How To React Instead Of Predicting This Earnings Season
Starting on Thursday with the Alcoa report, traders will enter the quarterly craziness known as earning season.
Trades are going to queue up their orders to bet on which companies will exceed or fall short of the always highly accurate analysts' estimates. Companies that disappoint will see billions of dollars of market cap just evaporate in the trading frenzy.
Those that beat the estimates will suddenly be “worth” billions more than they were the day before. Complex option bets designed to benefit from surprises will be structured and placed, especially on the high flyers of today like Netflix and Amazon.
It is like a Super Bowel every day for the active trading community.
So should we all be rushing in to get our act together and study the earning surprise history of companies like American Express and Morgan Stanley that report next week? Should we be making bets on what we think will happen at the money center banks like Bank of America and Wells Fargo in advance of their earnings report?
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The big tech names like Apple, Intel and IBM report in the last two weeks of the month. Should we be structuring complex options trades to take advantage of a potential earnings surprise?
The game has started, shouldn't we be playing this earning season?
For the vast majority of us the answer is no. In the super bowl there will be 106 guys on the two teams who make the game time roster. Twenty-two of them will be the very best at their positions and the remaining will be almost as good or have some very specialized role on the team.
There will be amateurs of part time players on the field when the whistle blows. It is exactly like that when it comes to short term trading, especially during earnings season. A handful of traders will use sophisticated techniques and draw upon their deep levels of experience and make money trading earnings related volatility. Almost none of the will be part time traders.
Much like an attempt for most of us to suit up against NFL players our attempts to beat the professional short term traders is going to end up in a lot of pain if we insist on trying to play their game.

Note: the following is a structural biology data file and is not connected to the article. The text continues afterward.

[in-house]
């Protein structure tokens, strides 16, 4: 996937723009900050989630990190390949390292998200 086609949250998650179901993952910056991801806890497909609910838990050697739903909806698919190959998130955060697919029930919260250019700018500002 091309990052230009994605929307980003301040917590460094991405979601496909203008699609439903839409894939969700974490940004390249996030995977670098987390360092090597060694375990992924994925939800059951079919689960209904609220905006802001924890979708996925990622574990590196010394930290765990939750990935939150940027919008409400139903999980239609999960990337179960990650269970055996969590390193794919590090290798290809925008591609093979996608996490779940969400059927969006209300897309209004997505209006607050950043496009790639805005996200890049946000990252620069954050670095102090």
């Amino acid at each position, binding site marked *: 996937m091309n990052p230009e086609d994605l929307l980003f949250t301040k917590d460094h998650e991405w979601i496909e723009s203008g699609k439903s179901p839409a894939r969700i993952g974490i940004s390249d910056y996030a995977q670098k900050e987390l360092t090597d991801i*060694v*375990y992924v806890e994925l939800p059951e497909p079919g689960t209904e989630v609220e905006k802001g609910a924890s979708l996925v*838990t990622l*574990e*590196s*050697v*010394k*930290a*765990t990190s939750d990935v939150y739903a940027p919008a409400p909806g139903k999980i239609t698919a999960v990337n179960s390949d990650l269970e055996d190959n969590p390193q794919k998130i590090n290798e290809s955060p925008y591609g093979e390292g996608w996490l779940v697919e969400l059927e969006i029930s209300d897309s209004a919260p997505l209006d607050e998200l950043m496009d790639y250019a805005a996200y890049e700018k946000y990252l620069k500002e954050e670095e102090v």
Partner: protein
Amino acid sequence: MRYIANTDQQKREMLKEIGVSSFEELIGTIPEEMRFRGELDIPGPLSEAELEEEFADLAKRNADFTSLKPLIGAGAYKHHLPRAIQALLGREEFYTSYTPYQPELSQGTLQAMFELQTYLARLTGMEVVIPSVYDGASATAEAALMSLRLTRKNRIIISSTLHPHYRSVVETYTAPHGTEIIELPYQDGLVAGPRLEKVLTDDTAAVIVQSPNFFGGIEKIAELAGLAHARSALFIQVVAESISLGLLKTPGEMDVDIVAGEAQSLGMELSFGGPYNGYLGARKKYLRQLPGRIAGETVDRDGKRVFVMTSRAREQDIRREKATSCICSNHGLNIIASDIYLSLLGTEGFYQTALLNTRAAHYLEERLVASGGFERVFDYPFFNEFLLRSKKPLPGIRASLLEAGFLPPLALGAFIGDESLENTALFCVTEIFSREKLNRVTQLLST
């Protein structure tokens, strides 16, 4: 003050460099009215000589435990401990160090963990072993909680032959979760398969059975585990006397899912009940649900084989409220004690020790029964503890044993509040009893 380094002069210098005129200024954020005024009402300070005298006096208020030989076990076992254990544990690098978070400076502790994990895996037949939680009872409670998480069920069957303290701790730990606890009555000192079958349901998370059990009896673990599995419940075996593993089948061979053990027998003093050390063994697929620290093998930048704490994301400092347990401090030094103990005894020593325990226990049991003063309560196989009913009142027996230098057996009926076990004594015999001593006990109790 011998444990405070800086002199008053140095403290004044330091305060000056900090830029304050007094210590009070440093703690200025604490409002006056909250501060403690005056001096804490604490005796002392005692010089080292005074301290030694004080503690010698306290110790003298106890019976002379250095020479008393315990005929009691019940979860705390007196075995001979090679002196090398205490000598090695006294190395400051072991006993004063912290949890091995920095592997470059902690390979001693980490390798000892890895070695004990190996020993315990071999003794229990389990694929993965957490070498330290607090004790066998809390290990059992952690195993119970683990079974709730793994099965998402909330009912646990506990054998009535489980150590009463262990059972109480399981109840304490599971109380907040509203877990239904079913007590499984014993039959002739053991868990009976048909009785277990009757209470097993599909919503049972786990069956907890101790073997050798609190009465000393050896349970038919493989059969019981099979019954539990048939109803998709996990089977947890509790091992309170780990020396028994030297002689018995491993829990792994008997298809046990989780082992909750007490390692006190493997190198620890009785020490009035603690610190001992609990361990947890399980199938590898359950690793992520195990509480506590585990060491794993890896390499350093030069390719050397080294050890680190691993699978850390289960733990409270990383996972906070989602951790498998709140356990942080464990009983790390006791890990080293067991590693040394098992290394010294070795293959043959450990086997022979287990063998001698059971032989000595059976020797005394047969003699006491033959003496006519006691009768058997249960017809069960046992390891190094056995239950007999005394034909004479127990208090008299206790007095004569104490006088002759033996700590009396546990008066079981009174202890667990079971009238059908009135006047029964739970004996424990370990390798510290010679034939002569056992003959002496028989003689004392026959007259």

That is not to say there is no opportunity for individual investors in earnings season.
If you have adopted a deep value approach to investing there can be a few pleasant outcomes from this craziness. If you already own a portfolio of undervalued stocks they are usually companies that have not had stellar short term results and any positive news can lead to a swift jump in price as traders pile into the stock. Particularly in the smaller stocks that deep value investing favors this can lead to a huge move in the stock in the days and weeks following the announcement and allow you to take outsized profits in formerly cheap stocks.
The really exciting thing that happens pretty much every earnings season is the creation of long term buying opportunities.
Every quarter is seems some company will miss the analysts estimate or whisper expectations and see its market cap destroyed losing one third of more of its value.
Often we will be able to buy shares of company with a strong asset base at a discounted price because of the short term over reaction of traders and large funds. A quick screen shows that there are more than 700 companies trading between 1.0 and 1.5 times book value that could quickly become buy candidates if they were hit with a strong wave or earnings related selling. It is highly likely that 1 or more of them will disappoint the Street and end up in our deep value asset based portfolios during the silly season.
It is highly unlikely that any of us not already in the NFL will play in the Super Bowl.
It is also highly unlikely that any of us who have full time careers, families and other interests are going to make out fortunes as short term traders. This is particularly true during earnings season when the few professionals traders who are successful have their sophisticated models and strategies set up specifically to exploit our amateur efforts.
There is far more money to be made by reacting to earnings season and taking advantage of excessive reactions that create opportunities to sell over valued stocks and accumulate those that are suddenly cheap.
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